Jer 46:1-28. The Prophecies,
Forty-sixth through Fifty-second Chapters, Refer to Foreign
He begins with Egypt, being the country to which he
had been removed. The forty-sixth chapter contains two prophecies
concerning it: the discomfiture of Pharaoh-necho at Carchemish by
Nebuchadnezzar, and the long subsequent conquest of Egypt by the same
king; also the preservation of the Jews (Jer 46:27, 28).
1. General heading of the next six chapters of
prophecies concerning the Gentiles; the prophecies are arranged
according to nations, not by the dates.
2. Inscription of the first prophecy.
Pharaoh-necho—He, when going against
Carchemish (Cercusium, near the Euphrates), encountered Josiah, king of
Judah (the ally of Assyria), at Megiddo, and slew him there (2Ki
23:29; 2Ch 35:20-24); but he
was four years subsequently overcome at Carchemish, by Nebuchadnezzar,
as is foretold here; and lost all the territory which had been subject
to the Pharaohs west of the Euphrates, and between it and the Nile. The
prediction would mitigate the Jews' grief for Josiah, and show his
death was not to be unavenged (2Ki 24:7). He is famed as having fitted out a
fleet of discovery from the Red Sea, which doubled the Cape of Good
Hope and returned to Egypt by the Mediterranean.
3. Derisive summons to battle. With all your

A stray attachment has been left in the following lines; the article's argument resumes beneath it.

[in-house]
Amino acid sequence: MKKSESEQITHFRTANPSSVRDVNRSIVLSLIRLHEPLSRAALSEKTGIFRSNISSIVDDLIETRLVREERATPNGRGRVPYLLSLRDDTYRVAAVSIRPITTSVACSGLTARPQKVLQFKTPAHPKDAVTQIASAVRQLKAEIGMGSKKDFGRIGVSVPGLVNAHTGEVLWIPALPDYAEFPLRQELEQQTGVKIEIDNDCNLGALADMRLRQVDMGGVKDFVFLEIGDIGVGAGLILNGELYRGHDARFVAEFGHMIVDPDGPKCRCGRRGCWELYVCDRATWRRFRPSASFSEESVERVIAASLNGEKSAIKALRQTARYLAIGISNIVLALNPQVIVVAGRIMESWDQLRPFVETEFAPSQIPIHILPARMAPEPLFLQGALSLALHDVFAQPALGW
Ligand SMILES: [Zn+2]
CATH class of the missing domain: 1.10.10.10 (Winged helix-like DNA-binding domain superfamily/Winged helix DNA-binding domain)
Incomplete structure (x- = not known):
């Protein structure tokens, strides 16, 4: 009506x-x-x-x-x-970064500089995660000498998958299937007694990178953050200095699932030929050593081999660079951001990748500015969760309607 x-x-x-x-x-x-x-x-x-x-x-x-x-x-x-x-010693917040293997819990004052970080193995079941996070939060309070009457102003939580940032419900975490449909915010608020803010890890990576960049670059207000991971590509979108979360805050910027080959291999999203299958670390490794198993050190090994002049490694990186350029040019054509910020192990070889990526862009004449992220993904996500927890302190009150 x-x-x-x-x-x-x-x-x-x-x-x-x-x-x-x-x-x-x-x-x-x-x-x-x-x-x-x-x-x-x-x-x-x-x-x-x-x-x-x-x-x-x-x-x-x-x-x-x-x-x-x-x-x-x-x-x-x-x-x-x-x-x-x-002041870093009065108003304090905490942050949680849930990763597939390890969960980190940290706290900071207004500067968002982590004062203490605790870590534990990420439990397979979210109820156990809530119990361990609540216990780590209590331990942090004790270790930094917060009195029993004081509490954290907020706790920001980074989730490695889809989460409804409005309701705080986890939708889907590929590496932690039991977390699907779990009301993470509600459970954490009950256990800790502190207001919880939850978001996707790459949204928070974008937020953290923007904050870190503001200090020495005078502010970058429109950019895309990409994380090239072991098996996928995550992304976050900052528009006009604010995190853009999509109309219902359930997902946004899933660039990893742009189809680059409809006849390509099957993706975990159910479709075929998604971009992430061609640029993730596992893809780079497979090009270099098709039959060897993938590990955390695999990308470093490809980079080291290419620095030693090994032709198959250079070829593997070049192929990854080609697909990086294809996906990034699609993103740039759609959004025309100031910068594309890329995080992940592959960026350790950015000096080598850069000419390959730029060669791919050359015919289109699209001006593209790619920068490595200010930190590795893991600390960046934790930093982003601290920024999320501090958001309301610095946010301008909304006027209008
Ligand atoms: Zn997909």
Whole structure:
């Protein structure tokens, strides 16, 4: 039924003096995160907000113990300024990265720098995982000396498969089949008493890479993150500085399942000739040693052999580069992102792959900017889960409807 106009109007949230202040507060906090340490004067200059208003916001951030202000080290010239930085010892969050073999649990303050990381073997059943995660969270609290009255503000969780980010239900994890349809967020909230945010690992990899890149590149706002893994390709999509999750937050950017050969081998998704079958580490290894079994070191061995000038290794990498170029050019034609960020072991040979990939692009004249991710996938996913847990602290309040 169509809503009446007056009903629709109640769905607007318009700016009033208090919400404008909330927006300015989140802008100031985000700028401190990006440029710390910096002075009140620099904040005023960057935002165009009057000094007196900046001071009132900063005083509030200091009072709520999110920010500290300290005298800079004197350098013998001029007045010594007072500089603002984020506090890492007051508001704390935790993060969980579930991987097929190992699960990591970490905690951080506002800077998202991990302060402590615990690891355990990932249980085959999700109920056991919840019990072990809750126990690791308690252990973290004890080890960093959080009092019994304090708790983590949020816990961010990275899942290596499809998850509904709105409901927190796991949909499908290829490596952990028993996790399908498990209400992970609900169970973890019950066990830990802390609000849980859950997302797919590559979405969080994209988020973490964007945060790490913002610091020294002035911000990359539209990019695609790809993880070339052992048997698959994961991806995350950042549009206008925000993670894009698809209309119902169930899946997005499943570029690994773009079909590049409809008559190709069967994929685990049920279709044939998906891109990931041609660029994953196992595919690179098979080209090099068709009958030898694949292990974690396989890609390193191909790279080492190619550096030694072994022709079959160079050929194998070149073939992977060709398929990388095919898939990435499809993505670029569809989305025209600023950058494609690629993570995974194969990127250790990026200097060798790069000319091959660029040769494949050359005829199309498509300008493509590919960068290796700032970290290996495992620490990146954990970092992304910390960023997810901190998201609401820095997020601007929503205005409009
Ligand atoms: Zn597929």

mighty preparation for the invasion of Nebuchadnezzar, when ye come to
the encounter, ye shall be "dismayed" (Jer 46:5). Your mighty threats shall end in
buckler—smaller, and carried by the
shield—of larger size, and carried by
the heavily armed infantry.
4. Harness the horses—namely, to the war
chariots, for which Egypt was famed (Ex 14:7; 15:4).
get up, ye horsemen—get up into
the chariots. Maurer, because of the
parallel "horses," translates, "Mount the steeds." But it is
rather describing the successive steps in equipping the war chariots;
first harness the horses to them, then let the horsemen
brigandines—cuirasses, or coats of
5. (See on Jer 46:3).
The language of astonishment, that an army so well equipped should be
driven back in "dismay." The prophet sees this in prophetic vision.
fled apace—literally, "fled a flight,"
that is, flee precipitately.
look not back—They do not even dare to
look back at their pursuers.
6. Let not—equivalent to the strongest
negation. Let not any of the Egyptian warriors think to
escape by swiftness or by might.
toward the north—that is, in respect
to Egypt or Judea. In the northward region, by the Euphrates (see Jer 46:2).
7. as a flood—(Jer
47:2; Isa 8:7, 8; Da 11:22).
The figure is appropriate in addressing Egyptians, as the Nile, their
great river, yearly overspreads their lands with a turbid, muddy flood.
So their army, swelling with arrogance, shall overspread the region
south of Euphrates; but it, like the Nile, shall retreat as fast as it
8. Answer to the question in Jer 46:7.
waters … moved like the
rivers—The rise of the Nile is gentle; but at the mouth it,
unlike most rivers, is much agitated, owing to the sandbanks impeding
its course, and so it rushes into the sea like a cataract.
9. Ironical exhortation, as in Jer 46:3. The Egyptians, owing to the heat of
their climate and abstinence from animal food, were physically weak,
and therefore employed mercenary soldiers.
Abyssinia and Nubia.
Libyans—Phut, Mauritania, west
of Egypt (compare Ge 10:6).
shield—The Libyans borrowed from Egypt
the use of the long shield extending to the feet [Xenophon, Cyropædia, 6 and 7].
Lydians—not the Lydians west of Asia
Minor (Ge 10:22; Eze 30:5), but the Ludim, an African
nation descended from Egypt (Mizraim) (Ge 10:13; Eze 30:5; Na
handle and bend the bow—The employment